Shortly after two self-produced albums, Ferron (1977) and Ferron Backed Up (1978) she joined forces with Gayle Scott, who would prove to be her longtime manager, executive producer, and partner in Lucy Records/Penknife Productions, LTD, producing the next two albums[16] and launching concert touring throughout the states.[17] 1980's Testimony was her first professionally produced album, originally distributed through Holly Near's Redwood Records label. Testimony brought her much interest in the United States, particularly in the women's music community.[18] The title song became something of an anthem for many in the women's music community, was notably covered by Sweet Honey in the Rock, and was featured on the second season of The L Word, playing dramatically over the closing credits.[19]

Her 1984 album Shadows on a Dime received a rating of four stars (out of five) from Rolling Stone magazine, which called Ferron "a culture hero" and the album "cowgirl meets Yeats...a thing of beauty." Shadows earned a place on music critic Robert Christgau's "Dean's List" for 1984.[20]

1990s and beyond[edit]

Awarded a Canada Arts Council grant in 1985 to further develop her musicianship, she ended up taking several years off from touring and recording. During this time, she earned some of her living as a carpenter's assistant, bartender, and day care worker, before reinvesting in her music career.[16] Ferron returned to the studio and the road in 1990 with Phantom Center released by Chameleon Records, and produced by Joe Chiccarelli.[21] The album featured backing vocals by a then relatively unknown Tori Amos, and consequently is highly sought after by collectors. Later, in September 1995, Phantom Center would be re-released on EarthBeat! Records with a new recording of the song "Stand Up" featuring vocals by Indigo Girls.[8]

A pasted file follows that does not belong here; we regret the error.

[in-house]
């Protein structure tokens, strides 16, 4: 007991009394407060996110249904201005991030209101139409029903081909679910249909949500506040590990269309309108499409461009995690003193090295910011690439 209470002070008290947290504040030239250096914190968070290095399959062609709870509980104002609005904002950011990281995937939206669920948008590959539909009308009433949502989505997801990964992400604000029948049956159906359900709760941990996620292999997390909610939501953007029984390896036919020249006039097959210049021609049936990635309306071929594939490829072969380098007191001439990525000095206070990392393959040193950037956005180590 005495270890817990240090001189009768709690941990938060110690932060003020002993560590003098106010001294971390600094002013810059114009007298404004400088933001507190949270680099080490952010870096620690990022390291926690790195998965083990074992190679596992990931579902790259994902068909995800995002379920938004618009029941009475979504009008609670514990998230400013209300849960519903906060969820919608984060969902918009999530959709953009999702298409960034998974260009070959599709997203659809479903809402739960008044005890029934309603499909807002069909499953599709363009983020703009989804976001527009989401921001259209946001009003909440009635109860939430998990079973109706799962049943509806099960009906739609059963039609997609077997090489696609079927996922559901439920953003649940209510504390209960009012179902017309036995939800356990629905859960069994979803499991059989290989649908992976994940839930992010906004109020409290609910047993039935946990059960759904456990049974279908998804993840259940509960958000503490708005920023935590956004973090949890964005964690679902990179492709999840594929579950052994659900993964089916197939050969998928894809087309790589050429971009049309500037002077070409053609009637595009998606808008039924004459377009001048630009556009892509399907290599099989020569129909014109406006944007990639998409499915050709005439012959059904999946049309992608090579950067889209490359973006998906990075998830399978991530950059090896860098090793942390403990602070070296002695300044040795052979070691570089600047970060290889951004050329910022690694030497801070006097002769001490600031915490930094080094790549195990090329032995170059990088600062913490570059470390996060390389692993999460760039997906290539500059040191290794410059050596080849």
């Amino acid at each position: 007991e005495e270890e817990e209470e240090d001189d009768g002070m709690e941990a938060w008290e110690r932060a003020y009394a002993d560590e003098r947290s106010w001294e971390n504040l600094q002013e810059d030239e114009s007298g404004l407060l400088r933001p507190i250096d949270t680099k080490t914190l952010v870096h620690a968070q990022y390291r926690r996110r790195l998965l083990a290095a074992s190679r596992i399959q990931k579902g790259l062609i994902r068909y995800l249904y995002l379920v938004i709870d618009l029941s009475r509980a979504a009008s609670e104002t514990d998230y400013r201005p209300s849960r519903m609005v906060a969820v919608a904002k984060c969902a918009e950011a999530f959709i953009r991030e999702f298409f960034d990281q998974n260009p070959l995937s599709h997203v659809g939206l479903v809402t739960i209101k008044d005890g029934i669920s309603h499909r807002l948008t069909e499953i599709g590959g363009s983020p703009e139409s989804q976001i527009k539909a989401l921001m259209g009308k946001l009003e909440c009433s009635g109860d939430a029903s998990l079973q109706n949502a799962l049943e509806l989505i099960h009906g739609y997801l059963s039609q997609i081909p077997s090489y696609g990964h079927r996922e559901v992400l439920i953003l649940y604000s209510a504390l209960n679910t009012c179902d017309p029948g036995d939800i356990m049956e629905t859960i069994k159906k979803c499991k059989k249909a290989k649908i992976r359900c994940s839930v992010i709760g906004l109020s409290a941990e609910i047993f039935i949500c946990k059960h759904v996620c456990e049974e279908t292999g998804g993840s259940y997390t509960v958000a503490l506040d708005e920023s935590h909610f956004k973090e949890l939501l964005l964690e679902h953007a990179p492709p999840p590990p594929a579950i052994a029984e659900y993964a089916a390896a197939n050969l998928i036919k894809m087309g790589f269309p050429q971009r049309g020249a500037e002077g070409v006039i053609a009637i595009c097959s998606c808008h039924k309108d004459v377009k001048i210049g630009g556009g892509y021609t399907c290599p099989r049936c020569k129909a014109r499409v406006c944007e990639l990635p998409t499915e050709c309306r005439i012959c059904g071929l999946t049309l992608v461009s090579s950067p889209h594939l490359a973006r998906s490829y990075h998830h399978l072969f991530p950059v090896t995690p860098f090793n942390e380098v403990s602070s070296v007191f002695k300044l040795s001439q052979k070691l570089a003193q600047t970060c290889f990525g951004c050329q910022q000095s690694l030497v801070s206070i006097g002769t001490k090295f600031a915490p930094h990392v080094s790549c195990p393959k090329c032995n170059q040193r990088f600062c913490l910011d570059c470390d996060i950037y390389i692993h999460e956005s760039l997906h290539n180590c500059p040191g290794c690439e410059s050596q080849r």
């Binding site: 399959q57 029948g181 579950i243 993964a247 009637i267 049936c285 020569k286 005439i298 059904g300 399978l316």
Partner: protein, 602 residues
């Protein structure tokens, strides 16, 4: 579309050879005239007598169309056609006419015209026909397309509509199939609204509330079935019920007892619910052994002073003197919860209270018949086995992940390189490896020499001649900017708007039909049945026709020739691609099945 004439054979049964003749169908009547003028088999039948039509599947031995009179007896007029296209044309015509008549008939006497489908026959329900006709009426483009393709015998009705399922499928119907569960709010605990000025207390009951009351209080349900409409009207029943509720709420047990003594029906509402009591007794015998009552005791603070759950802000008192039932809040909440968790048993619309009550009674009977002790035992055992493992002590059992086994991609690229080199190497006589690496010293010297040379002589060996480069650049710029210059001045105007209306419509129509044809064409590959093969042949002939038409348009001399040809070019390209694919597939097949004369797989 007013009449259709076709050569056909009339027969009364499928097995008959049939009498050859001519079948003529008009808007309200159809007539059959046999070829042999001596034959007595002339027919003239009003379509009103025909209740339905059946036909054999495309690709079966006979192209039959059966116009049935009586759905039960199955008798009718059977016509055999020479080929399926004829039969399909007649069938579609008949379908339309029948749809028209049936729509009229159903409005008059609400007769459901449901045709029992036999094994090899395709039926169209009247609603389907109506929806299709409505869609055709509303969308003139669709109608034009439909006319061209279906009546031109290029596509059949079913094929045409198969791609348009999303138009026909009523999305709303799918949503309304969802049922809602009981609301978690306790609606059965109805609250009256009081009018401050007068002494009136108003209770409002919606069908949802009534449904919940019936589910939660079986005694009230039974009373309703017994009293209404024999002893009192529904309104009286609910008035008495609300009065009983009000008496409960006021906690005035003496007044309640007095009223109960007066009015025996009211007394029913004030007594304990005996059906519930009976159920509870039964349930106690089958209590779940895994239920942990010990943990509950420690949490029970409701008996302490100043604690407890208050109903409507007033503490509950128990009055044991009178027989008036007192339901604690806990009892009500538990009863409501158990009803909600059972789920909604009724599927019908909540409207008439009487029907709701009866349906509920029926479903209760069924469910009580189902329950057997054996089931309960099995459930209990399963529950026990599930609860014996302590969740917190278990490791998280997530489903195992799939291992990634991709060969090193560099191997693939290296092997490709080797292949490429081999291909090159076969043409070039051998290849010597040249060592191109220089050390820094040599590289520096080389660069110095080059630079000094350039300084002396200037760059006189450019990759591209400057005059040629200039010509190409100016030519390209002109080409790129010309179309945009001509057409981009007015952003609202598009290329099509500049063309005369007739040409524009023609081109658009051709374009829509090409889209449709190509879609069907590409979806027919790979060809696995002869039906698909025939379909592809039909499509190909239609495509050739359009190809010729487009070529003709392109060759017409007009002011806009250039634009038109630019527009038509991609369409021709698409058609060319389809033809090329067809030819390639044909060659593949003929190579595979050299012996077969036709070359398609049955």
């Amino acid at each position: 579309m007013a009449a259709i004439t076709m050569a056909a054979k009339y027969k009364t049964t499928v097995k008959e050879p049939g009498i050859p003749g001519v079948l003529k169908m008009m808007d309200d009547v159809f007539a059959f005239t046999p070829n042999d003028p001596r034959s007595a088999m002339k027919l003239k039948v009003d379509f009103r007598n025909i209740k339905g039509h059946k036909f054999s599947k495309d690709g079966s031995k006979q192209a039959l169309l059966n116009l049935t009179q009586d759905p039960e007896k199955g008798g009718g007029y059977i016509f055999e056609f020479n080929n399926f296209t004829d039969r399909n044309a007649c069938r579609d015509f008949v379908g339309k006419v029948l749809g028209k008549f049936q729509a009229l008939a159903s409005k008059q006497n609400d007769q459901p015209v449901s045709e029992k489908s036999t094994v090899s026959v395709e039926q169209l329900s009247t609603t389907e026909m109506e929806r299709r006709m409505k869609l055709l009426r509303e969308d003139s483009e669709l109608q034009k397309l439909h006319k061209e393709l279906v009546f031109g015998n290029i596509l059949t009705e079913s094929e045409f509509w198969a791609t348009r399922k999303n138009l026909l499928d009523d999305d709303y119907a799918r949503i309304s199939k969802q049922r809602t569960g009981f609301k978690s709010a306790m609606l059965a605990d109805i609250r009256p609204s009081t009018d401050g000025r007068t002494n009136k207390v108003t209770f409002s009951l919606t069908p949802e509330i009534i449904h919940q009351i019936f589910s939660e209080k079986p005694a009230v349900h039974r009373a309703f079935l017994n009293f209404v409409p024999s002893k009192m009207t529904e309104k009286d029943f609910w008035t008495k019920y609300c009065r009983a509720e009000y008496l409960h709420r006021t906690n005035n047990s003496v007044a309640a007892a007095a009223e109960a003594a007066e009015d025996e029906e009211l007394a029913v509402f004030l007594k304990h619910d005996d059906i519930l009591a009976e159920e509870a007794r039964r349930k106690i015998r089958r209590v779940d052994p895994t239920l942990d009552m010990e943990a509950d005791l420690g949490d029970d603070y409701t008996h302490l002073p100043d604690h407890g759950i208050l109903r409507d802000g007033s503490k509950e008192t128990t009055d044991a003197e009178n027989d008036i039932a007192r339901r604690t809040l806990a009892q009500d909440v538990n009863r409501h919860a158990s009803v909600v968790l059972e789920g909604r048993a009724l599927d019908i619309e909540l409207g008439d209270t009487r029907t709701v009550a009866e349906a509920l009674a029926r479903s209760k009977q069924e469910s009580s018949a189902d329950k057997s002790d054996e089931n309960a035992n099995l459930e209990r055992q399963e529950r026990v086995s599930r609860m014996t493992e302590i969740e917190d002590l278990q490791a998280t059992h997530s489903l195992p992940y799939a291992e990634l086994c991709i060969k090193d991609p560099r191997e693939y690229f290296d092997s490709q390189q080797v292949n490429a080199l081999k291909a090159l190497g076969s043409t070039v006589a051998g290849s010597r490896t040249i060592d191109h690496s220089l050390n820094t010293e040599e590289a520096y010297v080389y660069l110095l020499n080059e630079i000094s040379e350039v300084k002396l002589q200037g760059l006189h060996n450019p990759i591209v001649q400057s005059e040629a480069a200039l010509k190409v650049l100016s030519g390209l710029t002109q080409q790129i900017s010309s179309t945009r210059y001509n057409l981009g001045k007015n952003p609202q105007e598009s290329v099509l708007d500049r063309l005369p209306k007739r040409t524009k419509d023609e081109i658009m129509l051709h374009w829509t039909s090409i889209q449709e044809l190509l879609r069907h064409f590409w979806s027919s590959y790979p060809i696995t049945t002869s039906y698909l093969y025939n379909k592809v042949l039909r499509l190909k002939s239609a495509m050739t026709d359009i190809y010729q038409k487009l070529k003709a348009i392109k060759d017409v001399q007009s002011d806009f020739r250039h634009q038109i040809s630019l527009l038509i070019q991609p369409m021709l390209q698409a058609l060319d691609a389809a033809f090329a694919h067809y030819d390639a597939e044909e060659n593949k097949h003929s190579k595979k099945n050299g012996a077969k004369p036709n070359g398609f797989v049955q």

Between 1992 and 1994, Ferron released three albums on her own Cherrywood Station label (Not a Still Life 1992, Resting with the Question 1992, Driver 1993).[22] The twelve song Driver was first licensed by EarthBeat! Records in 1994, and was highly acclaimed by critics as a masterwork and nominated for a Juno Award in 1995.[23] Following this success, Ferron signed to Warner Bros. enabling her to create Still Riot in the studio with producer db Benedictson for release in the fall of 1996.[8] During her brief tenure with Warner they released Driver as a re-issue, Phantom Center as a re-mixed album, and Still Riot as Ferron's ninth full album project.[16] Initially contracted with Warner for a 7-year, 3-record contract, the deal was terminated early and by 1997 Ferron was back to putting out her own work on the Cherrywood Station label.